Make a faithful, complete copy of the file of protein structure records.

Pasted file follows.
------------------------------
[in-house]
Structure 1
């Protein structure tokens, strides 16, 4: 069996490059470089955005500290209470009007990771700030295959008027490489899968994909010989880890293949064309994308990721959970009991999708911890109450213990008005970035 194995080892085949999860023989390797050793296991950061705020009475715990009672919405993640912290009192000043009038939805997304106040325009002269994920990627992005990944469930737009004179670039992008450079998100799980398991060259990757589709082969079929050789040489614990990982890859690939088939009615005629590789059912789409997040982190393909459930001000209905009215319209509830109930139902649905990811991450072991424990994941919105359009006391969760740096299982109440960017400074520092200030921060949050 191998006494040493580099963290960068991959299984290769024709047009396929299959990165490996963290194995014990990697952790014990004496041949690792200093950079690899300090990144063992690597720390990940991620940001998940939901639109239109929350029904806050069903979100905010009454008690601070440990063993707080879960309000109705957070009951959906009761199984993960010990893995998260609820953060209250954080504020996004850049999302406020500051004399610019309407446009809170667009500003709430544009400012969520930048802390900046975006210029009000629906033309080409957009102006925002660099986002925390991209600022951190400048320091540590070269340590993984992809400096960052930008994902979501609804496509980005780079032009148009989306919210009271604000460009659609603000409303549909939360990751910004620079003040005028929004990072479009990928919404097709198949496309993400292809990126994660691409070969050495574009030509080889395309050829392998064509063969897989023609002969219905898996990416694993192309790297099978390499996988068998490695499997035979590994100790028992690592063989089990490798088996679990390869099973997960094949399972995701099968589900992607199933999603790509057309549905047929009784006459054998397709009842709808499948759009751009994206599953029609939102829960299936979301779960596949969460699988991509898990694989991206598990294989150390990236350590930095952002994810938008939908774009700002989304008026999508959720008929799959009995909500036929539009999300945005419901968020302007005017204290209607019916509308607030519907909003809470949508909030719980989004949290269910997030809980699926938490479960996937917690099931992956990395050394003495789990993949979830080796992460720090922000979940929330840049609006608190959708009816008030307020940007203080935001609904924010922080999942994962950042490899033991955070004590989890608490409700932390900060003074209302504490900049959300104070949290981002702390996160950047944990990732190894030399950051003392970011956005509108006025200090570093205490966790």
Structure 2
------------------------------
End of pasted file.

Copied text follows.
[in-house]
Structure 1
């Protein structure tokens, strides 16, 4: 069996490059470089955005500290209470009007990771700030295959008027490489899968994909010989880890293949064309994308990721959970009991999708911890109450213990008005970035 194995080892085949999860023989390797050793296991950061705020009475715990009672919405993640912290009192000043009038939805997304106040325009002269994920990627992005990944469930737009004179670039992008450079998100799980398991060259990757589709082969079929050789040489614990990982890859690939088939009615005629590789059912789409997040982190393909459930001000209905009215319209509830109930139902649905990811991450072991424990994941919105359009006391969760740096299982109440960017400074520092200030921060949050 191998006494040493580099963290960068991959299984290769024709047009396929299959990165490996963290194995014990990697952790014990004496041949690792200093950079690899300090990144063992690597720390990940991620940001998940939901639109239109929350029904806050069903979100905010009454008690601070440990063993707080879960309000109705957070009951959906009761199984993960010990893995998260609820953060209250954080504020996004850049999302406020500051004399610019309407446009809170667009500003709430544009400012969520930048802390900046975006210029009000629906033309080409957009102006925002660099986002925390991209600022951190400048320091540590070269340590993984992809400096960052930008994902979501609804496509980005780079032009148009989306919210009271604000460009659609603000409303549909939360990751910004620079003040005028929004990072479009990928919404097709198949496309993400292809990126994660691409070969050495574009030509080889395309050829392998064509063969897989023609002969219905898996990416694993192309790297099978390499996988068998490695499997035979590994100790028992690592063989089990490798088996679990390869099973997960094949399972995701099968589900992607199933999603790509057309549905047929009784006459054998397709009842709808499948759009751009994206599953029609939102829960299936979301779960596949969460699988991509898990694989991206598990294989150390990236350590930095952002994810938008939908774009700002989304008026999508959720008929799959009995909500036929539009999300945005419901968020302007005017204290209607019916509308607030519907909003809470949508909030719980989004949290269910997030809980699926938490479960996937917690099931992956990395050394003495789990993949979830080796992460720090922000979940929330840049609006608190959708009816008030307020940007203080935001609904924010922080999942994962950042490899033991955070004590989890608490409700932390900060003074209302504490900049959300104070949290981002702390996160950047944990990732190894030399950051003392970011956005509108006025200090570093205490966790």
Structure 2